How to Work From Home: Stream Editors Share Their Tricks
Many of you have suddenly found yourselves working from home. It can be harder to do than it sounds. Here five of The Stream’s editors share their advice for working at home.
Al Perrotta: Get Dressed, Eat Well, Kiss Your Spouse
I worked from home many of my years in California. Dressing up for work meant swim trunks and a clean t-shirt. Somebody had to have died for me to wear a dress shirt. And of course California law prohibits the wearing of ties. A razor? Let’s just say Gillette didn’t cash in on me.
That’s probably the one bit of advice I’d give to those suddenly finding themselves working from home. It’s very easy to become a grubby mess. So don’t. Maybe you don’t have to put on a suit, but don’t stay in your jammies. Keep to your shower routine. Your spouse will appreciate it. So will your pets.
Compartmentalize the day. Otherwise, your work day feels like it starts when you get up — and goes on till you go to bed. Get away from your desk. Take planned breaks. Take lunch. And if you can, take the computer outside. It’s easy to start feeling claustrophobic if you stick to your desk.
I still work one day a week from home, and I still have to deal with very loud interruptions. I’m not talking about our two dogs. I’m talking about the refrigerator and the pantry calling me. They do not shut up. And they can be heard over headphones. If you are like me, stock up with healthy snacks, veggies and fruit. And make sure you’re having a snack because you are hungry, not because it breaks up the work day. Otherwise, instead of “flattening the curve,” we’ll be “fattening the curves.”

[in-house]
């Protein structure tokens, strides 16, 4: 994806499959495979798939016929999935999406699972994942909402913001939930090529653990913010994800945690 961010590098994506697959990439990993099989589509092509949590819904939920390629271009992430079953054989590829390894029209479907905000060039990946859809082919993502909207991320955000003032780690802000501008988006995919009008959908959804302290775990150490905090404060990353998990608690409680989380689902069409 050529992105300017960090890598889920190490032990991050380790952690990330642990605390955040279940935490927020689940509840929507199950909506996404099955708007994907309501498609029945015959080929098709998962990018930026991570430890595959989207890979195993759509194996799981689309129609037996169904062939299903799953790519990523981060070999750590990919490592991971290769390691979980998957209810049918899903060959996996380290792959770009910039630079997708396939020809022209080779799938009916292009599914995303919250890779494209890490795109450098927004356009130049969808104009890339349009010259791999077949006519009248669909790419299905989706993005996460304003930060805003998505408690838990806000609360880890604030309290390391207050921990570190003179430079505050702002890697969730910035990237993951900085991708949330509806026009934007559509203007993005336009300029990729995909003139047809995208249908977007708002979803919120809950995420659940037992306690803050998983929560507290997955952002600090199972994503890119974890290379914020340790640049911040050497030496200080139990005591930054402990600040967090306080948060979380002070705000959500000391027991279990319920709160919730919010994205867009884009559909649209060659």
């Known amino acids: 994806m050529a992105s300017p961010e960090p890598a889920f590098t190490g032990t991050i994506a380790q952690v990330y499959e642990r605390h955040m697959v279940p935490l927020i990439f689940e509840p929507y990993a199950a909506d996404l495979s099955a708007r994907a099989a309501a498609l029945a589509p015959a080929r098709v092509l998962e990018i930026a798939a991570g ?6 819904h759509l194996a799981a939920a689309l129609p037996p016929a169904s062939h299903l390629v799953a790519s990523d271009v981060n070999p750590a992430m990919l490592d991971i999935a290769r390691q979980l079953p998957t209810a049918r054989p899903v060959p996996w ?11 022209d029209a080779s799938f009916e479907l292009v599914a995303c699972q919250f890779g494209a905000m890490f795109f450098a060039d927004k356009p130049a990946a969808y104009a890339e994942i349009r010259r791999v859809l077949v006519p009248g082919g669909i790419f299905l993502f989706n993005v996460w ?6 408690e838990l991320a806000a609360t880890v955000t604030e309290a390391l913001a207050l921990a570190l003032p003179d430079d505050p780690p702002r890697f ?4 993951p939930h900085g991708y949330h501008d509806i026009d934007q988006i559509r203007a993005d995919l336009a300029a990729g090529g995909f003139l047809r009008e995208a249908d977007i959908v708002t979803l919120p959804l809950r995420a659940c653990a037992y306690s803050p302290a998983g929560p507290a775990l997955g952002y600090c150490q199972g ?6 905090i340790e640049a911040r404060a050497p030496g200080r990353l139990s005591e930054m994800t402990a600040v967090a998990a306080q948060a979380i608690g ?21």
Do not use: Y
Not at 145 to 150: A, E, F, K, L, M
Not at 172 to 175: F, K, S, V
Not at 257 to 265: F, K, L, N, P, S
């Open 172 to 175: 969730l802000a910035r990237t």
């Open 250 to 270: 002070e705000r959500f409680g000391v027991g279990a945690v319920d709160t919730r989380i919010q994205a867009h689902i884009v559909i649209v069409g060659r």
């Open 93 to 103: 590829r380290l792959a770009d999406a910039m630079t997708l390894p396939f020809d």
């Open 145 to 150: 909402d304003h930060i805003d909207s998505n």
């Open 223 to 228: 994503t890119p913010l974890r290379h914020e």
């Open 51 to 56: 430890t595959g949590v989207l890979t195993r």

You will develop new routines. It’s inevitable. Please make sure these routines are healthy ones. A routine of grabbing a couple chocolate-covered macadamia nuts is not healthy. (Note to self.) A routine of kissing your spouse? That’s healthy.
Finally, remember you are now your office manager. You may not feel qualified, but you’re stuck with the gig. Make that office manager proud.
Rachel Alexander: Learn to Fix Things, and Remember Your Cat’s a Psychopath
I’ve worked from home for over five years now. It’s been wonderful, but there are a few things you don’t find out until you’ve tried it. A huge discovery for me: If any of your equipment has problems — your computer, your computer power cord, your monitor, your mouse, your internet connection, your electric power, smartphone, air conditioning, etc. — you have to fix it. You have no IT or facilities department to fix the problem.